Before we dive in, I want you to ask yourself these questions:
When you’re walking down the street, do you avoid making eye contact with the people walking past you?
When you’re at the mall, are you blissfully unaware of your fellow shoppers because your head is buried in your phone?
Do you concentrate so hard on where you’re going that your peripheral vision blurs?
If you answered yes to any of these questions, you’re not alone. It’s likely that this is the base state of living for 95% of the U.S. population. Generally speaking, there’s nothing explicitly wrong with being relatively unaware of your surroundings. However, if you’re considering carrying a concealed weapon, this is a state of being that you cannot afford to be in. Developing situational awareness needs to be one of your top priorities… you owe it to your family, your fellow Americans, and yourself to always be aware of your surroundings.
Situational awareness is the conscious perception and analysis of your environment, the people surrounding you, and what those people are doing. Actively taking in your surroundings allows you to recognize the need for action as it arises, and when you think about it, this is the reason we all carry to begin with. If you don’t analyze your surroundings, you can’t possibly recognize the need to use force. If you don’t recognize the need to use force, that sidearm on your waist isn’t going to be useful in any situation.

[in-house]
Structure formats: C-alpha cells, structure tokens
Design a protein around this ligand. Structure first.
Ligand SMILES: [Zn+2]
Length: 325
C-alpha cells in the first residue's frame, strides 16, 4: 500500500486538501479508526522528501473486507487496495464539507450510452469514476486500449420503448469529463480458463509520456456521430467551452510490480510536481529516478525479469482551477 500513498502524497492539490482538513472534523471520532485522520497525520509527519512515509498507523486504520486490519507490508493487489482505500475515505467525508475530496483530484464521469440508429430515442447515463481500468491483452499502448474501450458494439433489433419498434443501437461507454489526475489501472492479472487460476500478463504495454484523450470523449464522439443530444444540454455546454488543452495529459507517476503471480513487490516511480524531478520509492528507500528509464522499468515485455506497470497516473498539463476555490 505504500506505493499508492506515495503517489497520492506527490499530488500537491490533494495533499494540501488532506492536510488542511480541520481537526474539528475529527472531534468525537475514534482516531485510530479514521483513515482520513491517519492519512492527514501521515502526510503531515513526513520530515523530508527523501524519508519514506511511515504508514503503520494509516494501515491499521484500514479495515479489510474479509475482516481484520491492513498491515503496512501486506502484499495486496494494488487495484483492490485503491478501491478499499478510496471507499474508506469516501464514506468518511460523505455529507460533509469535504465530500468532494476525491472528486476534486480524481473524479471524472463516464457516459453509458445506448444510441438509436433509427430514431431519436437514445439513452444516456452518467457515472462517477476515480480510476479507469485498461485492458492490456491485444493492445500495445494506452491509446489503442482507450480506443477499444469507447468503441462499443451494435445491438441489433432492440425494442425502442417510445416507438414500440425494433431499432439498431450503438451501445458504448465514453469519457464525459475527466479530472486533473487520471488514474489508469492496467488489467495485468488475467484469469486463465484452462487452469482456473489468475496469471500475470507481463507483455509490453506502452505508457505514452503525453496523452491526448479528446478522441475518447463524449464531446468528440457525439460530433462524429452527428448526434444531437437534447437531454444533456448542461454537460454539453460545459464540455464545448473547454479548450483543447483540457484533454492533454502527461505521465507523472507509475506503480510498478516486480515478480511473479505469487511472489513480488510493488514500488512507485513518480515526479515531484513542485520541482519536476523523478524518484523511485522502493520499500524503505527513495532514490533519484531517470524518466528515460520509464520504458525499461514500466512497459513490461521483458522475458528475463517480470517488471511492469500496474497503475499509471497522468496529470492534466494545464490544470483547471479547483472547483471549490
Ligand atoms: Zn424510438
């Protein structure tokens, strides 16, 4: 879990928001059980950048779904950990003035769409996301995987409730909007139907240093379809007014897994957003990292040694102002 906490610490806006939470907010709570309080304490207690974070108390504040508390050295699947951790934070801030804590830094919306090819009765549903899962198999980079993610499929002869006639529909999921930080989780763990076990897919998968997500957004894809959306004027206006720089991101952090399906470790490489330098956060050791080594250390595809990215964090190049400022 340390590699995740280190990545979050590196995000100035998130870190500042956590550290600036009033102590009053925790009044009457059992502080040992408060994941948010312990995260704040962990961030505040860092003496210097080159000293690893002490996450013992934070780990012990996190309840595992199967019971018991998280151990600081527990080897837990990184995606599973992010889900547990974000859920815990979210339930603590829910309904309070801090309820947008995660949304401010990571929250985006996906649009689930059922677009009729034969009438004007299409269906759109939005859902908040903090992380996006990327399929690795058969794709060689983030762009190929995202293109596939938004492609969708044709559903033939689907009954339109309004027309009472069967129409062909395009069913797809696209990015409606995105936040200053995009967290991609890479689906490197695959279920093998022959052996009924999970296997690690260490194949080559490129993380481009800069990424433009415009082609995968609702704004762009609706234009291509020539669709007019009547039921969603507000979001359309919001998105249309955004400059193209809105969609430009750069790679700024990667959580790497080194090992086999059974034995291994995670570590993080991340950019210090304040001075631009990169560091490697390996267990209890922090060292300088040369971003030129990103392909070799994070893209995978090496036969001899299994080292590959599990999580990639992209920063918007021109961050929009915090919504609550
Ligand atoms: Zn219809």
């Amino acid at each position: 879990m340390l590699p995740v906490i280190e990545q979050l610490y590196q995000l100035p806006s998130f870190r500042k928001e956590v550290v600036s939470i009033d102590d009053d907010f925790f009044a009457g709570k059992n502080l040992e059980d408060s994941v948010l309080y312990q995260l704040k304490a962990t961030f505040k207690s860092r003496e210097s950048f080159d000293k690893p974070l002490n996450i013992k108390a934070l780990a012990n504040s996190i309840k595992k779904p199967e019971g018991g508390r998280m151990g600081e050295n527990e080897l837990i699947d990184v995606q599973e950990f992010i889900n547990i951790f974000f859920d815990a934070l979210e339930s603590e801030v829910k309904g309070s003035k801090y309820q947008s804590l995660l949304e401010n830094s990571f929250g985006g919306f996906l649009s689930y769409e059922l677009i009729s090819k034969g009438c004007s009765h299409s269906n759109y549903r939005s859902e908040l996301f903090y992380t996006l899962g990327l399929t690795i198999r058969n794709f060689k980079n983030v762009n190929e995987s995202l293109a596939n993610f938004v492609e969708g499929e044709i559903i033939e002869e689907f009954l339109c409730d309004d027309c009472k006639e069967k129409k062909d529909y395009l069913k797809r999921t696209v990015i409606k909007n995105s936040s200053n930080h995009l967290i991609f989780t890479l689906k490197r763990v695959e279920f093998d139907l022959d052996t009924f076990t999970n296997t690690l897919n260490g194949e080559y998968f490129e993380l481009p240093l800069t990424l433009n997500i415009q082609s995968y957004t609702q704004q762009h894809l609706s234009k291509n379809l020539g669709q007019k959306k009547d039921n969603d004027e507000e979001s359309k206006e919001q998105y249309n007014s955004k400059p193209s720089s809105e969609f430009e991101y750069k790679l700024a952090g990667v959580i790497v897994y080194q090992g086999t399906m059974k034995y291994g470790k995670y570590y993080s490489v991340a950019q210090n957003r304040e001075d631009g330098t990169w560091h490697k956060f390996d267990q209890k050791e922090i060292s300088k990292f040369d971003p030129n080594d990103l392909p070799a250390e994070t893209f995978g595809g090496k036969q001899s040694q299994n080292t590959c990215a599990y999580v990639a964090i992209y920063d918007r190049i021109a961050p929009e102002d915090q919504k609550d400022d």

Tips For Increasing Your Ability To Be Situationally Aware
Strategically Positioning Yourself
This is a very simple concept, but it’s one of the first things you learn when carrying a concealed weapon. Our eyes are capable of perceiving a limited amount of space. Our horizontal field of vision is only about 135°. That means that there’s about 225° of space we cannot keep track of at any given moment. That 225° provides potential attackers a large amount of space they can ambush you from. Thankfully, there’s a very easy way to mitigate this vulnerability: strategically positioning yourself.
If you’re sitting down in the middle of a restaurant or even a movie theater, you’re exposing yourself to potential threats that you’ll never see coming. Placing yourself against a wall, or even near the corner of a room, effectively reduces the amount of space potential threat actors can use to approach you.
Strategically positioning yourself also provides you with better opportunities to observe your environment. You’re actively increasing the amount of space you watch at any given moment, which allows you to keep better track of what’s going on in the area. Even if you’re in a space where you can’t carry your firearm, you’ll be aware of potential threats you otherwise might not have seen coming. So next time you’re out and about, put yourself in an optimal position to observe your surroundings.
Remove Your Distractions
It’s quite literally impossible to be situationally aware when you are distracted, and people in our modern society are more likely to be distracted than any group of people prior. Why? Because every waking moment we have access to the most distracting devices known to mankind: our cell phones. We’ve all seen videos of people walking into light polls while wistfully staring down at their phones. This is indicative of the distractive nature of our electronics.